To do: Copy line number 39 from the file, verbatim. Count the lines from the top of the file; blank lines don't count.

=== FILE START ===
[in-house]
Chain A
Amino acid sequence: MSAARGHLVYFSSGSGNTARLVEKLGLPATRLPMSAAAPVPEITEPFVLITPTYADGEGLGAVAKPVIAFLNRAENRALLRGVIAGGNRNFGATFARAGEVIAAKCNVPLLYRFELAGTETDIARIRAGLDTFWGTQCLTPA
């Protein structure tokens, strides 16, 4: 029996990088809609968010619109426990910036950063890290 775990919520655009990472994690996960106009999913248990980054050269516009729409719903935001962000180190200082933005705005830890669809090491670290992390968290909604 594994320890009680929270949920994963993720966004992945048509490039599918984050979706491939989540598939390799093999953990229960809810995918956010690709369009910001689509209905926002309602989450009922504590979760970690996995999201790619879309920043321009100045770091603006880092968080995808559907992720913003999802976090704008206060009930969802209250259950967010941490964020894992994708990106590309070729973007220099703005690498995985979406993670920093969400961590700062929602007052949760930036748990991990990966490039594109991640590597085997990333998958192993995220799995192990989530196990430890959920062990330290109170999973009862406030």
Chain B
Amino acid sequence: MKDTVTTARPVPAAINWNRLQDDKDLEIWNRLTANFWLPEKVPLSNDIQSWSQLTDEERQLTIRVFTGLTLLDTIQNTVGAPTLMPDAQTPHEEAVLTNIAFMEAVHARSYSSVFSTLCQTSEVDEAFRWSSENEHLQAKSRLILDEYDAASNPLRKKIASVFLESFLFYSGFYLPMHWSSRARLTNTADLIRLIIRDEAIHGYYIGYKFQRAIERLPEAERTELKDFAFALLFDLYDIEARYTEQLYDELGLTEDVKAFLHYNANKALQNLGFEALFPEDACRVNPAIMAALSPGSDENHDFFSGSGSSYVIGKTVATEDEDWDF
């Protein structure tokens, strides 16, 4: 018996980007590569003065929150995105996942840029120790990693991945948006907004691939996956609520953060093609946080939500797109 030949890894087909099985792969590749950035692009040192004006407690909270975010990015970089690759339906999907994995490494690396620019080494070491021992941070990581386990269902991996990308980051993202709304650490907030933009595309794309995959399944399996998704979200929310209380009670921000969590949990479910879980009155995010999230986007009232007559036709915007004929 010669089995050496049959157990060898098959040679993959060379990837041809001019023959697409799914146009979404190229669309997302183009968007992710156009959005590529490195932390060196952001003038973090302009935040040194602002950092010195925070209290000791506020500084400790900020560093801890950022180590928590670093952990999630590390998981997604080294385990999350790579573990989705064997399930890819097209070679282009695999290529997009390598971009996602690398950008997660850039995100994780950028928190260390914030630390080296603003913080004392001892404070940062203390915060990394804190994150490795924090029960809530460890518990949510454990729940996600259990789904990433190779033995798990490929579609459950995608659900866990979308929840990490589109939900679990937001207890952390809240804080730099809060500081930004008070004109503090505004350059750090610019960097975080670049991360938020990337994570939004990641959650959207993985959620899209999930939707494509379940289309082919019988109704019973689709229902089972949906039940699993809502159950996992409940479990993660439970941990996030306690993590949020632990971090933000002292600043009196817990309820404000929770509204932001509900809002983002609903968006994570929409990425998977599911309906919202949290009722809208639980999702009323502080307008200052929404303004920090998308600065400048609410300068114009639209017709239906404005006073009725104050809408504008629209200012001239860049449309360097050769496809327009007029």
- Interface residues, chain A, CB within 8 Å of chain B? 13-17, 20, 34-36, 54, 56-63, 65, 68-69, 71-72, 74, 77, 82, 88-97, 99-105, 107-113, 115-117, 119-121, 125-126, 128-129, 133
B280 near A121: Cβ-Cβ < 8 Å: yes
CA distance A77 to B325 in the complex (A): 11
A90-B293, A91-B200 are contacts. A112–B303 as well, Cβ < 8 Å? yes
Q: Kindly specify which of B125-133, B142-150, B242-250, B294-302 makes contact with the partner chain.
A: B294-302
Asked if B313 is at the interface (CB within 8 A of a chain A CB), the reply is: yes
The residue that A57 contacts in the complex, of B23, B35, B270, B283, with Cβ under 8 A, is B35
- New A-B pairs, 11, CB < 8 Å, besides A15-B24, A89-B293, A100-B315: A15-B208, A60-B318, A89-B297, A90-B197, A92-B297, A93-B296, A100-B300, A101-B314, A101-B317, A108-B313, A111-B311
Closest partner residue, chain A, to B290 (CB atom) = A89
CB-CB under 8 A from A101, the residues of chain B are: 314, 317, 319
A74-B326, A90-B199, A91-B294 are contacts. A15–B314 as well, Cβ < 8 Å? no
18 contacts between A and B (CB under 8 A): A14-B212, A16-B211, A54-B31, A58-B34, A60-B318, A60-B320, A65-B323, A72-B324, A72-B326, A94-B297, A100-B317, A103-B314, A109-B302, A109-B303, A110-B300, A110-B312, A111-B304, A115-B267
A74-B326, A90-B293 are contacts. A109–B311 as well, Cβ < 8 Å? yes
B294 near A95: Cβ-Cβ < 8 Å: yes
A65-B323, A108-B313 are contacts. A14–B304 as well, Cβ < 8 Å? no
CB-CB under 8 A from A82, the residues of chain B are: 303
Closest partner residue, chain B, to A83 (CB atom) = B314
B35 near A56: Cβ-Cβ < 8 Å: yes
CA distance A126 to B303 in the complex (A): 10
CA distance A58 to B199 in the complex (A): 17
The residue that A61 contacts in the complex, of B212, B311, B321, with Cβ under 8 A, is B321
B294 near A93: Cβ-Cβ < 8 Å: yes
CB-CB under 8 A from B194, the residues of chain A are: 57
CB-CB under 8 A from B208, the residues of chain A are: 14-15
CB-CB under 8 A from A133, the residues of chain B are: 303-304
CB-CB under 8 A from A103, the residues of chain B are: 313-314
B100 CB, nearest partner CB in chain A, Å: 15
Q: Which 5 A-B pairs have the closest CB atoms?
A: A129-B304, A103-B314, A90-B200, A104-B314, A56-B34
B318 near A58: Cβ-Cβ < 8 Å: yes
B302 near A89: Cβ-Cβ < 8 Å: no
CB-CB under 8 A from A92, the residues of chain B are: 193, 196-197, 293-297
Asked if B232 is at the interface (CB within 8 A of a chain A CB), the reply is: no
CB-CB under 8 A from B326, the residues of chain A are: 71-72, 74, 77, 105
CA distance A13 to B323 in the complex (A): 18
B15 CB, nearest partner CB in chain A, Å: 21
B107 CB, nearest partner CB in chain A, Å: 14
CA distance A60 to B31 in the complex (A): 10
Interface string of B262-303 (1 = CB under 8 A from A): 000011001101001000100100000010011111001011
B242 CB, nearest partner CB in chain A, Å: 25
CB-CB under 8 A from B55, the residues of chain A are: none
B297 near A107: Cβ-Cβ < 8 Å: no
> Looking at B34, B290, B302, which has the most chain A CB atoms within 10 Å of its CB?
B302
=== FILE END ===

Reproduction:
B302 near A89: Cβ-Cβ < 8 Å: no